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The volume of a packet of crisps watch

1. Okay so I'm doing a project in A2 Use of Maths, and for my project I need an aproximate value for the volume that an average sized packet of crisps would fill. Currently, I don't have a clue. It doesn't really matter how the volume is worked out.

If someone could give me an aproximate value that would be awesome. c:

2. is the equation for the volume of a sphere. Where V is the volume and r is the radius. So if you have a value for the radius of the of the packet you will get an approximate volume. A crisp packet could be made into a spherical shape so I don't see why the above equation would not work.
3. Fill an empty bag of crisps with water and measure the volume of water needed to fill it
1 ml = 1 cm^3

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4. As people have said, fill it with water so it forms a sphere and then use the eqaution for the volume of a sphere. I don't think it's quite a2 though.
5. (Original post by Liamnut)
As people have said, fill it with water so it forms a sphere and then use the eqaution for the volume of a sphere. I don't think it's quite a2 though.
It won't form a sphere and it doesn't need to. It might leak though!
6. Fill a container with water then sink a sealed bag of crisps in it so some of the water is displaced.
Measure how much water is required to refill the container
Eureka

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7. Can't you shape it like a cuboid and find an approximation from that?
8. (Original post by gdunne42)
Fill a container with water then sink a sealed bag of crisps in it so some of the water is displaced.
Measure how much water is required to refill the container
Eureka

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Nice idea but I'm sure the crisps will float.
9. I'm sure you could do something needlessly complicated using volumes of revolution if you wanted to magic it to A2 standard
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EDIT: sorry my alpine marmot Eric got to the keyboard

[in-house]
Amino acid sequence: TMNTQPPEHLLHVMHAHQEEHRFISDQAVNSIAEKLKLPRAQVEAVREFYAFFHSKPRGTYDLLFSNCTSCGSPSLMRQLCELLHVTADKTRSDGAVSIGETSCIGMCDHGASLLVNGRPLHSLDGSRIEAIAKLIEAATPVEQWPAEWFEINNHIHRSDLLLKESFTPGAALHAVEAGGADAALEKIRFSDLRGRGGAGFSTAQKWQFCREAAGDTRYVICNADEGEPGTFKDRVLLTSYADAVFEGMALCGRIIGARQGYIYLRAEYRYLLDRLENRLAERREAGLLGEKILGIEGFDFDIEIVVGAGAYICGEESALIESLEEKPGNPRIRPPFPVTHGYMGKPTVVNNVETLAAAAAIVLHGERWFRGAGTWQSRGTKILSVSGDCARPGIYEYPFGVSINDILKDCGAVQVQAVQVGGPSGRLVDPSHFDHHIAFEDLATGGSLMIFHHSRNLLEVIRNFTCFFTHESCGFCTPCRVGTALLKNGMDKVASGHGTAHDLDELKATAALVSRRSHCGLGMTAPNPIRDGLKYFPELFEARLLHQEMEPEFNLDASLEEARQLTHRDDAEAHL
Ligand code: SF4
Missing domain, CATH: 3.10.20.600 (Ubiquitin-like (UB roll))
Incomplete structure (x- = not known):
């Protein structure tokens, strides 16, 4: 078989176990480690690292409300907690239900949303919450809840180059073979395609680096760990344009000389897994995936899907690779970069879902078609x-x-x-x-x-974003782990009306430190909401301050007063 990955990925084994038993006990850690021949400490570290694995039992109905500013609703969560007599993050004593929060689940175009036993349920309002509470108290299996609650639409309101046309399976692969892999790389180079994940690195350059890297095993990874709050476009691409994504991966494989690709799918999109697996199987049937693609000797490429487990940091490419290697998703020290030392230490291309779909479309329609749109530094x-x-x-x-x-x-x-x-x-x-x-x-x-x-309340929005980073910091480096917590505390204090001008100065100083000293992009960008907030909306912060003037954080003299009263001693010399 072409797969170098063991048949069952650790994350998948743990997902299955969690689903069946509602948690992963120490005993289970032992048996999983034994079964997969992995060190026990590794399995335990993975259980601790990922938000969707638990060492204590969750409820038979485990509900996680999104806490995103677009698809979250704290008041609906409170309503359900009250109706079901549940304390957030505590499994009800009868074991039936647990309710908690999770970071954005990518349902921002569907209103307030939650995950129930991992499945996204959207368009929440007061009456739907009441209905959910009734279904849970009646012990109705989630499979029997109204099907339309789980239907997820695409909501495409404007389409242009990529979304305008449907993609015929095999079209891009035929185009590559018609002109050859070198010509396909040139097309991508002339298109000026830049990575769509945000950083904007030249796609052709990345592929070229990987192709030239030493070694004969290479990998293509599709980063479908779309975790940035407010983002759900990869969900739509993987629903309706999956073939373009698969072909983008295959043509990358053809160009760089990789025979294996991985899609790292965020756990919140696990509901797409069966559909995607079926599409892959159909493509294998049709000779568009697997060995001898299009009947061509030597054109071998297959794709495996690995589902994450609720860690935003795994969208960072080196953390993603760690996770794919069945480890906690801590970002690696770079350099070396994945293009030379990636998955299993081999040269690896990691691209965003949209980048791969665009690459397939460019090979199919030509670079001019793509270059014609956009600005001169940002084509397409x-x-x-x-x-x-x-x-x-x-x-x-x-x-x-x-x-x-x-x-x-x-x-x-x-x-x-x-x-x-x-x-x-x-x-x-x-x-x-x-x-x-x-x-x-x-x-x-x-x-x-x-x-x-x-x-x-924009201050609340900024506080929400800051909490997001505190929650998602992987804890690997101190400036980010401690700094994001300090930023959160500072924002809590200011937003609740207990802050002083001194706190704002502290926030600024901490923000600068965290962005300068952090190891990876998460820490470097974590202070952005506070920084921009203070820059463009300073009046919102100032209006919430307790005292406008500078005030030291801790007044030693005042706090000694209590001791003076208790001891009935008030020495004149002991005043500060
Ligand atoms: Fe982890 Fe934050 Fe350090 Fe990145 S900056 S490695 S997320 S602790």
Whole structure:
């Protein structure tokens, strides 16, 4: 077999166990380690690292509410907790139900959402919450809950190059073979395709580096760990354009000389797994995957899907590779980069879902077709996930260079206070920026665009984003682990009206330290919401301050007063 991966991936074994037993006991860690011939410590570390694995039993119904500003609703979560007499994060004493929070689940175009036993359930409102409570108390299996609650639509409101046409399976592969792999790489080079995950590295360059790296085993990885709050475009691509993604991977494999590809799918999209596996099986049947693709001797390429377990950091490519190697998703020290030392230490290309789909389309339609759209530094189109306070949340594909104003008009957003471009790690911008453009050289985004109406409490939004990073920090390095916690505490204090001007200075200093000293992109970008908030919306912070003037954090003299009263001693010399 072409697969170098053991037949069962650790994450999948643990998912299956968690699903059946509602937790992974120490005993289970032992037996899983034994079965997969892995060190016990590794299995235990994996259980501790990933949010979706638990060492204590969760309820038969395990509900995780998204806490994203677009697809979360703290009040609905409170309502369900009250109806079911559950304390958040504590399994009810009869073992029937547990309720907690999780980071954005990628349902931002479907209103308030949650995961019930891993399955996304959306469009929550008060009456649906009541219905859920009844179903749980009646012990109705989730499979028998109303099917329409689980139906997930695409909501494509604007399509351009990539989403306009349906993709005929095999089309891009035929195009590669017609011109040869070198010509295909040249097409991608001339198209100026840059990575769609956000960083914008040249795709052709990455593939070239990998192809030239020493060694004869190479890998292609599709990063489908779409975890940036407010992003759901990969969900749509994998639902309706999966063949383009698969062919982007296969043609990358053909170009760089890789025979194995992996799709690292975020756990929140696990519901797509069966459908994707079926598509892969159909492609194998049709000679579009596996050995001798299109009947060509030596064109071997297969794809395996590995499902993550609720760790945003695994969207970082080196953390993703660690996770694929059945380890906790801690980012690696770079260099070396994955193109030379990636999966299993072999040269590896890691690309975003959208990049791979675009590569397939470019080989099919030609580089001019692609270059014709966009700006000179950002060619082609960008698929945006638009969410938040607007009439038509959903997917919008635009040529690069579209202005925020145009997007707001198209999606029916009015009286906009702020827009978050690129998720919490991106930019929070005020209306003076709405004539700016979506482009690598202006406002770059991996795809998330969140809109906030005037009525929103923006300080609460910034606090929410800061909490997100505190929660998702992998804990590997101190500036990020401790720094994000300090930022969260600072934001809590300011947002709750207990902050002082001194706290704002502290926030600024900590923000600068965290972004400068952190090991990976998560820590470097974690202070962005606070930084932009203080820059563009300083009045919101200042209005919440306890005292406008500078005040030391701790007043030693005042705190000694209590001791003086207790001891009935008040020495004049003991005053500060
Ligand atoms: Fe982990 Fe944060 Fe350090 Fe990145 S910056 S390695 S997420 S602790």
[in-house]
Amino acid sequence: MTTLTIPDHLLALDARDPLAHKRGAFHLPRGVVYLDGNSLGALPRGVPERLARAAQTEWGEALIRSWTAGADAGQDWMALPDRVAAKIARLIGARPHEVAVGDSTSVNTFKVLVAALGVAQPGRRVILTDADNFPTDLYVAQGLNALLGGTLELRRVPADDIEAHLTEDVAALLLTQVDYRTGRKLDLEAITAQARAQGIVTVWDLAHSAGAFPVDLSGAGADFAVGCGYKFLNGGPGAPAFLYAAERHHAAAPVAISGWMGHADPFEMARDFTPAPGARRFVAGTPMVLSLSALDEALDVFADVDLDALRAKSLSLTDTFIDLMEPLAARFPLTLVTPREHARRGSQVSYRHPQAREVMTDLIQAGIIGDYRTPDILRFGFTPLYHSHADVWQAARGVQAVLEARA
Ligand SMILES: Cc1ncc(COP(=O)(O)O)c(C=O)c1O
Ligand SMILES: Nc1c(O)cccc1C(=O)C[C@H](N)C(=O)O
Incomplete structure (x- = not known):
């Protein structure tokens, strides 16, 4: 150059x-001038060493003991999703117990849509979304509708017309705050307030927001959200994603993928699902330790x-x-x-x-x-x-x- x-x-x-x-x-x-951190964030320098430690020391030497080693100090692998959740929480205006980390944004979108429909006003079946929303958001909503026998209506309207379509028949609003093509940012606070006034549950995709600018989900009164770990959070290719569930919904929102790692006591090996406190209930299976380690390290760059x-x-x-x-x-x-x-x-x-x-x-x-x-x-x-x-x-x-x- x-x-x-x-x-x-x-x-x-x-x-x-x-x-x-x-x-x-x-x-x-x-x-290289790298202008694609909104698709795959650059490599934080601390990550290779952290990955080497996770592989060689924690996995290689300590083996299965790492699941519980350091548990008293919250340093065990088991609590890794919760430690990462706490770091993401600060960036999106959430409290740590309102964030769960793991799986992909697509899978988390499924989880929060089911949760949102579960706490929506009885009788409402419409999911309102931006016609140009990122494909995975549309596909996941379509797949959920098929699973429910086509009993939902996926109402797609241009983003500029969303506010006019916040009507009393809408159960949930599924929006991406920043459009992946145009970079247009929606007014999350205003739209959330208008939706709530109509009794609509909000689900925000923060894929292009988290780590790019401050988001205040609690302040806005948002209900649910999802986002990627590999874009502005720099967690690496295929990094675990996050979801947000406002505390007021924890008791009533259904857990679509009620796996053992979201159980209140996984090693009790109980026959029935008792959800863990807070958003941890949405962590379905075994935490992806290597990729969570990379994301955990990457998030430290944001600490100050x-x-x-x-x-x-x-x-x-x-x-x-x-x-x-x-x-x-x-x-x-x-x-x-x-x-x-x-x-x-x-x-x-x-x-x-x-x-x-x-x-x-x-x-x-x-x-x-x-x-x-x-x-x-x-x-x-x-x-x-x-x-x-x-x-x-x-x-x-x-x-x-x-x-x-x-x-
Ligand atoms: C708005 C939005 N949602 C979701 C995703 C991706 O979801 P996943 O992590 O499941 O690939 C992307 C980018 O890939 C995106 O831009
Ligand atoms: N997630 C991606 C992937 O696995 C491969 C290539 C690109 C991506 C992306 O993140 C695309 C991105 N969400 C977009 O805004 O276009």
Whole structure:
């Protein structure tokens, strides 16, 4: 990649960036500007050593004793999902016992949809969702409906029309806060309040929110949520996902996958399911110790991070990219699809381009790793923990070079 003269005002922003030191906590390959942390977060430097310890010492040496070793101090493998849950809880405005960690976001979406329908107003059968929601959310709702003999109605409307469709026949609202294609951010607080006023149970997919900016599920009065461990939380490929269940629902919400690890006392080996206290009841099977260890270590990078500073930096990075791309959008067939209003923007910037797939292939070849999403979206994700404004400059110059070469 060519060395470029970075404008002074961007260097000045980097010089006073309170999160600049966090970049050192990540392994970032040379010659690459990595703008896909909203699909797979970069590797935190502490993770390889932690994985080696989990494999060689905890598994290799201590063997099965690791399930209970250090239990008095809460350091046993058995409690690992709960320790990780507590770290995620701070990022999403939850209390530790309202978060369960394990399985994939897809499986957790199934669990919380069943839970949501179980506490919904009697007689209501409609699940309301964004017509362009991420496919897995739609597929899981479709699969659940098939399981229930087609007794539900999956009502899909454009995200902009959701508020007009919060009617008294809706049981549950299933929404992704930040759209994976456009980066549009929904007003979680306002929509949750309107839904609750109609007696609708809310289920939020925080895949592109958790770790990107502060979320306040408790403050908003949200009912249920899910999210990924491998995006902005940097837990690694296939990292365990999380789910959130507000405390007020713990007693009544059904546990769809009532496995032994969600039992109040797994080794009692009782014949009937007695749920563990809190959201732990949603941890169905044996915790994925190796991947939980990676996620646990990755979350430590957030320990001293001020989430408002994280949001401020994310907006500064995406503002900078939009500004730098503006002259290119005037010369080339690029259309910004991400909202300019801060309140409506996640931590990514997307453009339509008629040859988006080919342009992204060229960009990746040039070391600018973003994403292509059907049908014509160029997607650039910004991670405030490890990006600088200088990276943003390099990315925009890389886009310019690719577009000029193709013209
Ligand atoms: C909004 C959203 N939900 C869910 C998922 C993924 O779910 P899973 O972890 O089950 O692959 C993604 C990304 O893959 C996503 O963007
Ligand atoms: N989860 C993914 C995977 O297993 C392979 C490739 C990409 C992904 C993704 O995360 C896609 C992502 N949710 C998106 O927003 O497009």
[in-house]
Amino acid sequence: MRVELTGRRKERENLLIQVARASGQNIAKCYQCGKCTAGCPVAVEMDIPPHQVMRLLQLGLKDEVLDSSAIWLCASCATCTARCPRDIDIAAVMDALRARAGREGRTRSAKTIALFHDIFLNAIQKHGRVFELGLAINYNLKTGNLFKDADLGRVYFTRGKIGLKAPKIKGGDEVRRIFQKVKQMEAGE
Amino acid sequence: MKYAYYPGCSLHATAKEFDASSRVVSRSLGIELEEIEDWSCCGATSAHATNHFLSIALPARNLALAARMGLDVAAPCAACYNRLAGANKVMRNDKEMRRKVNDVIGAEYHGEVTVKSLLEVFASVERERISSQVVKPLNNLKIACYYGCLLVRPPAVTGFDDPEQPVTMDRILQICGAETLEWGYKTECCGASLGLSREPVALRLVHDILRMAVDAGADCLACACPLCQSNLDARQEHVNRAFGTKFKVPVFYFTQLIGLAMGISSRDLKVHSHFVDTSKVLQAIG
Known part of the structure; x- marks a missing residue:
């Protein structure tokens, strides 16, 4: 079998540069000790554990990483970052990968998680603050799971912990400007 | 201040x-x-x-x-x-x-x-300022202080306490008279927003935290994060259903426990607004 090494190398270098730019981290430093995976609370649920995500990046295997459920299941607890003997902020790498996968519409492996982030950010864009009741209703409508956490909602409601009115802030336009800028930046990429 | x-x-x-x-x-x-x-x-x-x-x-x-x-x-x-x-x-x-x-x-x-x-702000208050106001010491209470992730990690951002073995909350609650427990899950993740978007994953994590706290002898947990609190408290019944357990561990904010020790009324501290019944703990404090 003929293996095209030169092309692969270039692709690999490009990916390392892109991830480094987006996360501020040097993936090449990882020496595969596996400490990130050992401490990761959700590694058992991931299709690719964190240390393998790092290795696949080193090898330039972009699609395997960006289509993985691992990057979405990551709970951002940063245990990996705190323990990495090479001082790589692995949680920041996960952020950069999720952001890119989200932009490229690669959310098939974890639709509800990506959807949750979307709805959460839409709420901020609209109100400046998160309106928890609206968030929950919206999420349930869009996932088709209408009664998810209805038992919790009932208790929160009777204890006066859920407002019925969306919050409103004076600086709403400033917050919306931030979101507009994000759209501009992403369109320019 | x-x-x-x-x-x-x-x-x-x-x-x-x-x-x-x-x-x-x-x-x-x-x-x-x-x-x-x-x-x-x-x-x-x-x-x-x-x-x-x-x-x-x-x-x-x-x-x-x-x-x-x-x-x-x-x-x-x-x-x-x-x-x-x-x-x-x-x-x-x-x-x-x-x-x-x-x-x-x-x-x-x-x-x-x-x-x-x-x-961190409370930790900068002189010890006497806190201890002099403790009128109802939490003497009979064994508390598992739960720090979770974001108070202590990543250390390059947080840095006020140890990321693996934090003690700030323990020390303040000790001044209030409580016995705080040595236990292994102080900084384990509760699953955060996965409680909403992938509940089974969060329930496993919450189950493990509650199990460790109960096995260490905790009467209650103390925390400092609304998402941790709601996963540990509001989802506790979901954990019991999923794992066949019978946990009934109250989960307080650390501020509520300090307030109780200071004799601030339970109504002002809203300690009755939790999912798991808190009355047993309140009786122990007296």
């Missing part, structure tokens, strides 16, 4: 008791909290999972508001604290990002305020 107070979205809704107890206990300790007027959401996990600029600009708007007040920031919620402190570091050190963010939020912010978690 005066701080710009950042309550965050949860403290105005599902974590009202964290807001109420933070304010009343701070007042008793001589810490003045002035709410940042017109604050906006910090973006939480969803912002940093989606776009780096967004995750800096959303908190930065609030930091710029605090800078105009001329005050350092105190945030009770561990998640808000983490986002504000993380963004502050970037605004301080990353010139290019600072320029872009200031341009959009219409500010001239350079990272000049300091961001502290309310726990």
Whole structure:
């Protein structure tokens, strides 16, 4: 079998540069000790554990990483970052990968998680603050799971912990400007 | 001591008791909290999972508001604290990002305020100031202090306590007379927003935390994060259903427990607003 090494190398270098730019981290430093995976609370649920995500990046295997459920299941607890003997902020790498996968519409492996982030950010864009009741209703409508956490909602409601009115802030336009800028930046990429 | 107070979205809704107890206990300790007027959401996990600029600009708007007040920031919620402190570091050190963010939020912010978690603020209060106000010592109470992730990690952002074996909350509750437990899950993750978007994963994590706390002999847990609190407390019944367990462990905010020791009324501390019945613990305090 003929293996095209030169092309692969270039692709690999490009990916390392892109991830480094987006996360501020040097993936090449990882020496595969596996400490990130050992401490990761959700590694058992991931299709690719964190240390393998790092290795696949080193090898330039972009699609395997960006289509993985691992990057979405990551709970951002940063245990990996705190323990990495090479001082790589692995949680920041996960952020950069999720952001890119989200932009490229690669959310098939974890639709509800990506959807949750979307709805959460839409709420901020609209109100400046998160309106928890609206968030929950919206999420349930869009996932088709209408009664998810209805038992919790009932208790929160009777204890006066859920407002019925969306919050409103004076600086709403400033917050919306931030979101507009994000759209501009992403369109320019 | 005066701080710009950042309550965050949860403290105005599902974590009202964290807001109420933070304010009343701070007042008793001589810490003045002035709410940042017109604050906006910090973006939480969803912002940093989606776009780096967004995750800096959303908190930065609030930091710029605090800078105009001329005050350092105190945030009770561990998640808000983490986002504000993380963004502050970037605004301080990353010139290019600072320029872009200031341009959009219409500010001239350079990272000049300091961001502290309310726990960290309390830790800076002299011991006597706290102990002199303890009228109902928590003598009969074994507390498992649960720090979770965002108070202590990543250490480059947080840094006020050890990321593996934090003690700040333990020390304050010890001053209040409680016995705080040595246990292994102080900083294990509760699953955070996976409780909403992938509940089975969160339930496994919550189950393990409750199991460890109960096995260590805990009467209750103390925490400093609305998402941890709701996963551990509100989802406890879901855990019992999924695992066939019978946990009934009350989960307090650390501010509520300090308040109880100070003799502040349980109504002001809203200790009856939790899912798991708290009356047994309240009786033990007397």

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11. (Original post by Mr M)
Nice idea but I'm sure the crisps will float.

not if you attach a weight to them which is greater than the weight of the water the bag of chips has to displace (leave the weight in though so it continues to displacing the same amount of water). so you could probably find a 5 pound weight and attach a clothes pin or some kind of spring loaded clamp to it so you can easily release the crisps and it'll probably submerge the bag.
12. (Original post by Mr M)
Nice idea but I'm sure the crisps will float.
Push it in?
13. Turn on your tap so water is flowing out at a steady rate. Time how long it takes to fill up a bag of crisps, then fill up a cylindrical class for the same amount of time with the tap flowing at roughly the same rate and then calculate the volume of water in the class.

The volume of water in the crisp should be approximately the same as the volume of water in the cup if you managed to time it correctly and get water flowing out at a reasonably steady rate.
14. (Original post by Lord Frieza)
Can't you shape it like a cuboid and find an approximation from that?
BINGO! (ish)

take the (empty) bag of crisps and split it down each side.

measure the length and breadth and multiply these together.

Divide this by 6 (this will give you the (approximate) area of each square needed to form a cube).

Take the square root of this (this will give you the approximate length of the cube`s side.)

Cube it, and.....

(i`ve already done it)

(be interested to see what anyone gets for a (average) 14g bag) - packet of Ringos!

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Updated: January 23, 2014
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